Alcohol plagues this family, her father being a smuggler and quite the drinker himself. This is not the fancy Duras-alcoholism of “I drink in order not to kill myself” this is the much crueler, parochial drinking after the work is done and nobody has anything better to do than get wasted before the work seems undone again. At any point the villagers could burst out into a Satan’s tango. Alcoholism and its associated traumas are the inheritance of a people who have nothing else to leave their children. A prison of repetitiveness. The only possible escape is found in the smile of a boy or, as will turn out, the tears of a man.
After another day wasted at school, Mouchette gets lost in the woods and surprised by a thunder storm. All though still in tune with nature—we get the sense people here still live according to the seasons—this also means it has not lost its power to frighten and devastate. Especially for a girl on the verge of womanhood, echoing Little Red Riding Hood. Just as her primordial predecessor, Mouchette will encounter a man in these woods, but he is not here to save her.
In the opening scenes we were introduced to a poacher and a gamekeeper spying on each other in a homosocial dance of pulling and hauling the objects of their desires and grievances. The bird getting caught by the first and released by the other no less the object of a contest in dominance as the bird working in the bar both of them try to seduce. While Mouchette is lost in the woods, the two men fight over their mutual love interest leaving the poacher Arsène to believe he killed the gamekeeper. Stumbling upon Mouchette he takes her into his cabin and tries to incriminate her in delivering an alibi for him. She agrees and yet will pay the price.
The reason why Mouchette, as much as it may sound like one, is anything but a cynical Von Trier-like pity party lies in the compassion of a director who does not judge his fictional children, which also means he will not deliver them to a cheap, sentimental redemption. Bresson is not a sentimentalist; his approach is one of observation and even though he has of course written the scripts, what plays out is less a narrative than the conjuring of a world. With all its inescapable tragedy, yes, but also with the possibility of tenderness, mostly in blink-and-you-will-miss-it moments.
When Arsène rapes Mouchette this is without a doubt one of the most horrible things to happen in my life. And yet, the way Mouchette clutches his back does not make it any less horrible, but shows she knows there is nothing more she could hope for. It is an excruciating moment of tenderness, a moment in which not only all hope, but the sheer idea of something as hope, of transcending this place seems ridiculous. Mouchette holds on to her life because what else could she do?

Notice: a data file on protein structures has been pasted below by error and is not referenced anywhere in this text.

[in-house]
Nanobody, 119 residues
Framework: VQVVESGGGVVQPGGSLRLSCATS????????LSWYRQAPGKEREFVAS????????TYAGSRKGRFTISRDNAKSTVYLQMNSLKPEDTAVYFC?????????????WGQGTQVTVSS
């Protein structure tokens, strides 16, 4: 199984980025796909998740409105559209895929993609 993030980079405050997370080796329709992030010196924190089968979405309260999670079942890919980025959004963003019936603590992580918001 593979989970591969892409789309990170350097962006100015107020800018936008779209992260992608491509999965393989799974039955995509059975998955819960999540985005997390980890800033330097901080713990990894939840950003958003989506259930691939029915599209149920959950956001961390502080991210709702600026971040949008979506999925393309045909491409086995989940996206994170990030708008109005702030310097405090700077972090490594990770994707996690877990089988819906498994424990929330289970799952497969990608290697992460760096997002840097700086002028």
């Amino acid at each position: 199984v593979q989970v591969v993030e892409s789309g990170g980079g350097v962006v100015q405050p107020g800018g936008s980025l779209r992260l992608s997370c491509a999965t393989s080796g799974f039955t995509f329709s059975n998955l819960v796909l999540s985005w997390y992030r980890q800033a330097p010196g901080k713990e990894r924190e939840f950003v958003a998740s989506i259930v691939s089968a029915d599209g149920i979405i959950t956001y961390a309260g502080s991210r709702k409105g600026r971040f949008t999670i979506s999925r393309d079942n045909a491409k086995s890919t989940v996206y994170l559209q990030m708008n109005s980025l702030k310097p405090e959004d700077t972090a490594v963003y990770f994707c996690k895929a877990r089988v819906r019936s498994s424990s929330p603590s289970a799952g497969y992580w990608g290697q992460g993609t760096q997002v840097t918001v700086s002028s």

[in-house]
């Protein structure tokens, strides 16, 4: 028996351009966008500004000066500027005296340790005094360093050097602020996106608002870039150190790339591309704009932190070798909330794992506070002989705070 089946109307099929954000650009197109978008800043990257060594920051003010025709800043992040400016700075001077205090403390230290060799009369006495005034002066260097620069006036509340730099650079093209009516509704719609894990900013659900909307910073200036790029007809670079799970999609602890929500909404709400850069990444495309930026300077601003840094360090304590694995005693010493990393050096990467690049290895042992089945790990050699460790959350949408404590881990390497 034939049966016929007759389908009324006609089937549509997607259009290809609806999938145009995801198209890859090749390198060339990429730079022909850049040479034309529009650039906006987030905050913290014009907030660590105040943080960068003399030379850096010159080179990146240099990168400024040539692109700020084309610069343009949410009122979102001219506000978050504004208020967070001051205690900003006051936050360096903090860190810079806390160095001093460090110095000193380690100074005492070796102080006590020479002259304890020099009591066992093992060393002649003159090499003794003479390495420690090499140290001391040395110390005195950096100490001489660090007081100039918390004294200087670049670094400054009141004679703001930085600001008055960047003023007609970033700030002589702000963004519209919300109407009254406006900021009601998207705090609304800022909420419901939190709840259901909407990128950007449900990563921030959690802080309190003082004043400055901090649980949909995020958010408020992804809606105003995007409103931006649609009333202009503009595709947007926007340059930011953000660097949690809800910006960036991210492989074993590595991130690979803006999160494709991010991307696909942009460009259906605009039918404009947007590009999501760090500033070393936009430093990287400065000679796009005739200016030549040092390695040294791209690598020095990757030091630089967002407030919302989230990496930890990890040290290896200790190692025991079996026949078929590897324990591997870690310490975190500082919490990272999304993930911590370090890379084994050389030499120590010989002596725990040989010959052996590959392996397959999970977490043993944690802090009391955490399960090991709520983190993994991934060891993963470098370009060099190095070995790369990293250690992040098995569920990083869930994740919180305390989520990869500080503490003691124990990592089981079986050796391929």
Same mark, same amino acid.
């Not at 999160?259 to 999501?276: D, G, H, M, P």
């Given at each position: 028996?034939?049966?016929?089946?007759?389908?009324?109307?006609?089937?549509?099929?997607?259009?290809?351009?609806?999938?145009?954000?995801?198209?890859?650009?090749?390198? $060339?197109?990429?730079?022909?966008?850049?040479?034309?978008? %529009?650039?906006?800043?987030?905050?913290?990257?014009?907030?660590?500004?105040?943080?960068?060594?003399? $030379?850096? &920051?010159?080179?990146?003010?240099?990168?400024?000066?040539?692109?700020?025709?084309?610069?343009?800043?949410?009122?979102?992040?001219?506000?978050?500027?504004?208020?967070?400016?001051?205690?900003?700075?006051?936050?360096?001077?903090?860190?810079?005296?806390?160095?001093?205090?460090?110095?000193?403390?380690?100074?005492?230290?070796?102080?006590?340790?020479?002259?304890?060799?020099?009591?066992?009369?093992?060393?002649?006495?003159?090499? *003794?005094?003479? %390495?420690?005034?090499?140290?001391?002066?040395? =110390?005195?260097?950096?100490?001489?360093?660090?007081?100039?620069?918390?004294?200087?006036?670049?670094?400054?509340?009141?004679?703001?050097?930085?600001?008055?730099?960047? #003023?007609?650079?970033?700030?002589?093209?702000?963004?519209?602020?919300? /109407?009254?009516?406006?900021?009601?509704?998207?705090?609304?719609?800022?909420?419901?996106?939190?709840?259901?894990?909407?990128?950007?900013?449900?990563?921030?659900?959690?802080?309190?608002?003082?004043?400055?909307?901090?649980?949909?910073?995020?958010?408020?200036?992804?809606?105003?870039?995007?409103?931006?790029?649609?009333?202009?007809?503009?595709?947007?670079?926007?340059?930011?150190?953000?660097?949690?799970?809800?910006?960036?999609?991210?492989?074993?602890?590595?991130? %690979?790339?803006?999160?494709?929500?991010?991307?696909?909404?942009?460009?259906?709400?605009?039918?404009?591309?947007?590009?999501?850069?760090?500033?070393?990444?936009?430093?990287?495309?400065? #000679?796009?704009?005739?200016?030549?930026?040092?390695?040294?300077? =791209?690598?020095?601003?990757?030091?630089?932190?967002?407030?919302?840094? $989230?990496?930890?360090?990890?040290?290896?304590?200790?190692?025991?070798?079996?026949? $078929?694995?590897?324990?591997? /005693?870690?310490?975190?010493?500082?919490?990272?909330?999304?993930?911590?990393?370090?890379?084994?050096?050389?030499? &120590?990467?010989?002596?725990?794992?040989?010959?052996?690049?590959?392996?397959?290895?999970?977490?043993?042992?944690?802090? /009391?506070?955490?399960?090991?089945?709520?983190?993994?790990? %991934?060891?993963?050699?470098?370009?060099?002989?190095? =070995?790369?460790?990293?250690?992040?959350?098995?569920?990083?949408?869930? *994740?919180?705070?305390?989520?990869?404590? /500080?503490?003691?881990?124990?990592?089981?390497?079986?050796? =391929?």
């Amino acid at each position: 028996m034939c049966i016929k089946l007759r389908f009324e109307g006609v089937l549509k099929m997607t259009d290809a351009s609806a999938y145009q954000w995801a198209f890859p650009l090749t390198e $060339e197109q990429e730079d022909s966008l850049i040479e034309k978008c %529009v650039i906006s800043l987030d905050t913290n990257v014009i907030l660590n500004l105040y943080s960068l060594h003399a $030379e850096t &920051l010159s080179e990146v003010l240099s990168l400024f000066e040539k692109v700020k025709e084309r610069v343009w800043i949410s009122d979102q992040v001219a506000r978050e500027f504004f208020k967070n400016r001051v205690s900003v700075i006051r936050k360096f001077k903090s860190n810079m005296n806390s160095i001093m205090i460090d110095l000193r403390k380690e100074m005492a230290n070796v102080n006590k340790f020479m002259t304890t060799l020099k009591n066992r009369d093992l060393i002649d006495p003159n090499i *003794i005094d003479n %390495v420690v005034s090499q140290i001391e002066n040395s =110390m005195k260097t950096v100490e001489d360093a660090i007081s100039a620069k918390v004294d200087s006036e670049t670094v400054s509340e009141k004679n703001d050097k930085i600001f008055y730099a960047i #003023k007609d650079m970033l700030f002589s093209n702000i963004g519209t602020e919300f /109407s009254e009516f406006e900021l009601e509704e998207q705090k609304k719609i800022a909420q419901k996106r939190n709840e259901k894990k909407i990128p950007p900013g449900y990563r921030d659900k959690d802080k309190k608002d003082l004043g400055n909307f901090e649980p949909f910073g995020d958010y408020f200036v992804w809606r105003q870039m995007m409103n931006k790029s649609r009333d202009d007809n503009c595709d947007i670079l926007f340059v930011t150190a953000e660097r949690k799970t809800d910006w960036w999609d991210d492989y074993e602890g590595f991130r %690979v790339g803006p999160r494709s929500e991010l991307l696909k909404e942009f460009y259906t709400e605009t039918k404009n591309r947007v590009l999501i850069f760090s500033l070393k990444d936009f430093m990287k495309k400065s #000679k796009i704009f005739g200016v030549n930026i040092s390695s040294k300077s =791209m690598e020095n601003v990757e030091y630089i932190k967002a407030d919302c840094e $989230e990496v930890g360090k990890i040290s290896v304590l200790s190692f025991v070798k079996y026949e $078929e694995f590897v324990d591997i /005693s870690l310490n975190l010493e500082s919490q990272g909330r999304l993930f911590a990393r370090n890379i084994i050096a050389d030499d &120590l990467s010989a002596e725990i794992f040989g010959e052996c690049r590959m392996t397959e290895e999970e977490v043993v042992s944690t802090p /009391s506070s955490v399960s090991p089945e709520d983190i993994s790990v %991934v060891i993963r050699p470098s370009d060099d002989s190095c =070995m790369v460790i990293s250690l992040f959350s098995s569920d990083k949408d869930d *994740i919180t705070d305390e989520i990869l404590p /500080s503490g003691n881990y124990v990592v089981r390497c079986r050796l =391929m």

Returning home, for lack of better word, Mouchette tries to come clean to her mother but gets interrupted twice. First by the screams of the baby brother she has been assigned to care for (and who might eerily forebode what the future will hold for her) and the second time by her mother’s death, leaving her completely alone. She has one last trip to make, to the undertaker, which will bring her past every villager who will not give up the chance to demean her even more. This is not a place where she can stay, marked as she is by the scar of sin on her chest. She needs to leave and the only way out is the one her mother went before her.
It is of utmost importance to understand that Mouchette did not premeditated her suicide. Having retrieved the clothes in which her mother will be buried, she sits down to rest on the banks of a small river and only when she tears the white funeral dress—by accident!—does she see the water as a possible means of escape. She clumsily attempts a first time to roll into the water but halts before she makes it. Then she sees a farmer, tries to call him, but he neglects her. Just as thoughtlessly as she undertook that first attempt, she could have been saved by a random passerby. Yet his indifference solidifies her flimsy decision. She tries again and again and the third time she succeeds. Nothing has been redeemed by this meaningless act. Leaving this cruel world is as insignificant an act as staying there. We might have lost something, a possibility of our humanity but before the last ripples on the water have disappeared Mouchette already will have been forgotten. Sunken like a stone in our chests.
II. The Other Shoe, Perhaps
When Godard starts his second to last feature Adieu au langage with the assurance that “Those who lack imagination, seek refuge in reality” (where the title of this piece comes from), he knows exactly what he is doing, channeling that spirit of May ’68, which famously proclaimed “All power to imagination!”, with which his Nouvelle Vague output has become sort of synonymous. In Le Diable probablement (1977), Bresson, less the revolutionary, thematized his own hangover and through that a whole generation’s, when, despite the big and idly chanted ideals, they broke open the pavement and yet did not find the beach lying beneath, waiting for them.
Once more we get the tale of a death foretold, this time literally when we are shown two newspaper clippings of the suicide at Père Lachaise of our soon-to-be protagonist Charles (Antoine Monnier).